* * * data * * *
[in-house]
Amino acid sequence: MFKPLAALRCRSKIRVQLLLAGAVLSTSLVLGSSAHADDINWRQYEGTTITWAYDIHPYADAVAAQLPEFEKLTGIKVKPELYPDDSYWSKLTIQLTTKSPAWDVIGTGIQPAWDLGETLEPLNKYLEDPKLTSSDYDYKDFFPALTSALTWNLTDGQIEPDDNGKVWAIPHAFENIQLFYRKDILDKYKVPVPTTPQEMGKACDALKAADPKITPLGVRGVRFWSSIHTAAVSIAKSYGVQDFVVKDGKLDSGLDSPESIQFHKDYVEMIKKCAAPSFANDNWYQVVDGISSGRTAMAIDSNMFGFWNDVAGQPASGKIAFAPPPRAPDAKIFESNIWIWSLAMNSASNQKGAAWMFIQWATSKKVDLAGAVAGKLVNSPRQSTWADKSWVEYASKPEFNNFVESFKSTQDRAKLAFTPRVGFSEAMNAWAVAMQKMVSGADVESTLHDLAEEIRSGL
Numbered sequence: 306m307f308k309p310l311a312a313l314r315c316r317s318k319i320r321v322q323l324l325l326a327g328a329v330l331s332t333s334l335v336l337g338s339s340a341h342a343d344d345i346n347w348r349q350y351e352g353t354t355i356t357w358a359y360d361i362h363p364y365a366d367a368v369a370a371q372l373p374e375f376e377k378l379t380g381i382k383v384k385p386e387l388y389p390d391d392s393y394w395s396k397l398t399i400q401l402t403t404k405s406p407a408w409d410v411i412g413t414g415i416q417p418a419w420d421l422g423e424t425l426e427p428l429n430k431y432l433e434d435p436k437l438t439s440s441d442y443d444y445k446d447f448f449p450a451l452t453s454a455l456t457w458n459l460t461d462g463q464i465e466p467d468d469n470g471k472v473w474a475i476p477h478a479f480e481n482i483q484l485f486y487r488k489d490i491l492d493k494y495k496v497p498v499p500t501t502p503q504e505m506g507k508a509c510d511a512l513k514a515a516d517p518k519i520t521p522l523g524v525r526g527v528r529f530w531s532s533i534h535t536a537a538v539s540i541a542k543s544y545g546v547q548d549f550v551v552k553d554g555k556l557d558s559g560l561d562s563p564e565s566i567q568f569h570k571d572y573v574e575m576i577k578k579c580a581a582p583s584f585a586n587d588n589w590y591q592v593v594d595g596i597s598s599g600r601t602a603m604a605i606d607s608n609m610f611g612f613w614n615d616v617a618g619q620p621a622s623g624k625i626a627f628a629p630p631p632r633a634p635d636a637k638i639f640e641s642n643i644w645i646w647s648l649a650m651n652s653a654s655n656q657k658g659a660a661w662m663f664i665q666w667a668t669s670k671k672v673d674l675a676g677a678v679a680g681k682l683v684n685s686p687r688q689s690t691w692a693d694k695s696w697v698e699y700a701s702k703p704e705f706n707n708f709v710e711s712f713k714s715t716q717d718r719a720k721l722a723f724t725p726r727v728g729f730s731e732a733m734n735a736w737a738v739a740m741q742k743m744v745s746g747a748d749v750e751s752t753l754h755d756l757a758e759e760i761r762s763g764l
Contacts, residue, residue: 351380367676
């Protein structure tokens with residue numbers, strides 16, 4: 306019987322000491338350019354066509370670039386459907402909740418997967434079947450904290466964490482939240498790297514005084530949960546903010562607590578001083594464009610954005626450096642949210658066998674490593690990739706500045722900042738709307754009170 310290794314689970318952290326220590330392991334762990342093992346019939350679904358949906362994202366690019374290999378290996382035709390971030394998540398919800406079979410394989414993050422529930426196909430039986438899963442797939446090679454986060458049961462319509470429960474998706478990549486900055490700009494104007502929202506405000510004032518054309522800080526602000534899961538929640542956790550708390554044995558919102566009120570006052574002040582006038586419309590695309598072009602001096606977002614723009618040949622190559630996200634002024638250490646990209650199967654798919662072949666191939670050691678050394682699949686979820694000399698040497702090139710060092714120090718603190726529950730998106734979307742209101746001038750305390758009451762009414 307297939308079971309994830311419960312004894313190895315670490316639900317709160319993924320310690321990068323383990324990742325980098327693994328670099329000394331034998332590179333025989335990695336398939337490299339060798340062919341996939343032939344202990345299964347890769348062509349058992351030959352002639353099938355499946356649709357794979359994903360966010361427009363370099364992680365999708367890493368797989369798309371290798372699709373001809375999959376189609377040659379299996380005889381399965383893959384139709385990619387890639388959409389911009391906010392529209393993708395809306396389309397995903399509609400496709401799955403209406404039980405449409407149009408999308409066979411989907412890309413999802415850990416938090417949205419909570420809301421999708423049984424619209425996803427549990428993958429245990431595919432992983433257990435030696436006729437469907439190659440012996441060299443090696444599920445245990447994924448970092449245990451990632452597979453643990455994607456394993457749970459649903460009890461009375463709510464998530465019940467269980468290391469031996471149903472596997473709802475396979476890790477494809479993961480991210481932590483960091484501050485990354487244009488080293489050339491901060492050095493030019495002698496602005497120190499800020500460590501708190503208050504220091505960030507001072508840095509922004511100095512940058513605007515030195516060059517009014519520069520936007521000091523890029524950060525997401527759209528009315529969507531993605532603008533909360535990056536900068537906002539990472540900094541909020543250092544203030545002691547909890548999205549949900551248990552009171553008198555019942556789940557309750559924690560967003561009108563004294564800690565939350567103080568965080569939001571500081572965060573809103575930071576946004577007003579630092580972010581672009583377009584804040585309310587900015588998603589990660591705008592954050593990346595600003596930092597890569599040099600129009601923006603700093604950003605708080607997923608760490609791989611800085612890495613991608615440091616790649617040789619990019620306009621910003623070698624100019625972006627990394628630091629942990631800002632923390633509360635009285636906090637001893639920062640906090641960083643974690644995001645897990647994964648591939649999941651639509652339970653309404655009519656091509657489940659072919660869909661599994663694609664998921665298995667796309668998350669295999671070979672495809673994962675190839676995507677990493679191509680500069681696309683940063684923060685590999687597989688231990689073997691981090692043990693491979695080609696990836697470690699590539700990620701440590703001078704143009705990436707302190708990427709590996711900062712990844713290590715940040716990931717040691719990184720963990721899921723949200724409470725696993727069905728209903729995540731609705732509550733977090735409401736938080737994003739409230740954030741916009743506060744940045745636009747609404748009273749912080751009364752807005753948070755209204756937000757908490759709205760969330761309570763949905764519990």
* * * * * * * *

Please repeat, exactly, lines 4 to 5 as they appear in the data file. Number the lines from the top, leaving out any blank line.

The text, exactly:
Contacts, residue, residue: 351380367676
């Protein structure tokens with residue numbers, strides 16, 4: 306019987322000491338350019354066509370670039386459907402909740418997967434079947450904290466964490482939240498790297514005084530949960546903010562607590578001083594464009610954005626450096642949210658066998674490593690990739706500045722900042738709307754009170 310290794314689970318952290326220590330392991334762990342093992346019939350679904358949906362994202366690019374290999378290996382035709390971030394998540398919800406079979410394989414993050422529930426196909430039986438899963442797939446090679454986060458049961462319509470429960474998706478990549486900055490700009494104007502929202506405000510004032518054309522800080526602000534899961538929640542956790550708390554044995558919102566009120570006052574002040582006038586419309590695309598072009602001096606977002614723009618040949622190559630996200634002024638250490646990209650199967654798919662072949666191939670050691678050394682699949686979820694000399698040497702090139710060092714120090718603190726529950730998106734979307742209101746001038750305390758009451762009414 307297939308079971309994830311419960312004894313190895315670490316639900317709160319993924320310690321990068323383990324990742325980098327693994328670099329000394331034998332590179333025989335990695336398939337490299339060798340062919341996939343032939344202990345299964347890769348062509349058992351030959352002639353099938355499946356649709357794979359994903360966010361427009363370099364992680365999708367890493368797989369798309371290798372699709373001809375999959376189609377040659379299996380005889381399965383893959384139709385990619387890639388959409389911009391906010392529209393993708395809306396389309397995903399509609400496709401799955403209406404039980405449409407149009408999308409066979411989907412890309413999802415850990416938090417949205419909570420809301421999708423049984424619209425996803427549990428993958429245990431595919432992983433257990435030696436006729437469907439190659440012996441060299443090696444599920445245990447994924448970092449245990451990632452597979453643990455994607456394993457749970459649903460009890461009375463709510464998530465019940467269980468290391469031996471149903472596997473709802475396979476890790477494809479993961480991210481932590483960091484501050485990354487244009488080293489050339491901060492050095493030019495002698496602005497120190499800020500460590501708190503208050504220091505960030507001072508840095509922004511100095512940058513605007515030195516060059517009014519520069520936007521000091523890029524950060525997401527759209528009315529969507531993605532603008533909360535990056536900068537906002539990472540900094541909020543250092544203030545002691547909890548999205549949900551248990552009171553008198555019942556789940557309750559924690560967003561009108563004294564800690565939350567103080568965080569939001571500081572965060573809103575930071576946004577007003579630092580972010581672009583377009584804040585309310587900015588998603589990660591705008592954050593990346595600003596930092597890569599040099600129009601923006603700093604950003605708080607997923608760490609791989611800085612890495613991608615440091616790649617040789619990019620306009621910003623070698624100019625972006627990394628630091629942990631800002632923390633509360635009285636906090637001893639920062640906090641960083643974690644995001645897990647994964648591939649999941651639509652339970653309404655009519656091509657489940659072919660869909661599994663694609664998921665298995667796309668998350669295999671070979672495809673994962675190839676995507677990493679191509680500069681696309683940063684923060685590999687597989688231990689073997691981090692043990693491979695080609696990836697470690699590539700990620701440590703001078704143009705990436707302190708990427709590996711900062712990844713290590715940040716990931717040691719990184720963990721899921723949200724409470725696993727069905728209903729995540731609705732509550733977090735409401736938080737994003739409230740954030741916009743506060744940045745636009747609404748009273749912080751009364752807005753948070755209204756937000757908490759709205760969330761309570763949905764519990």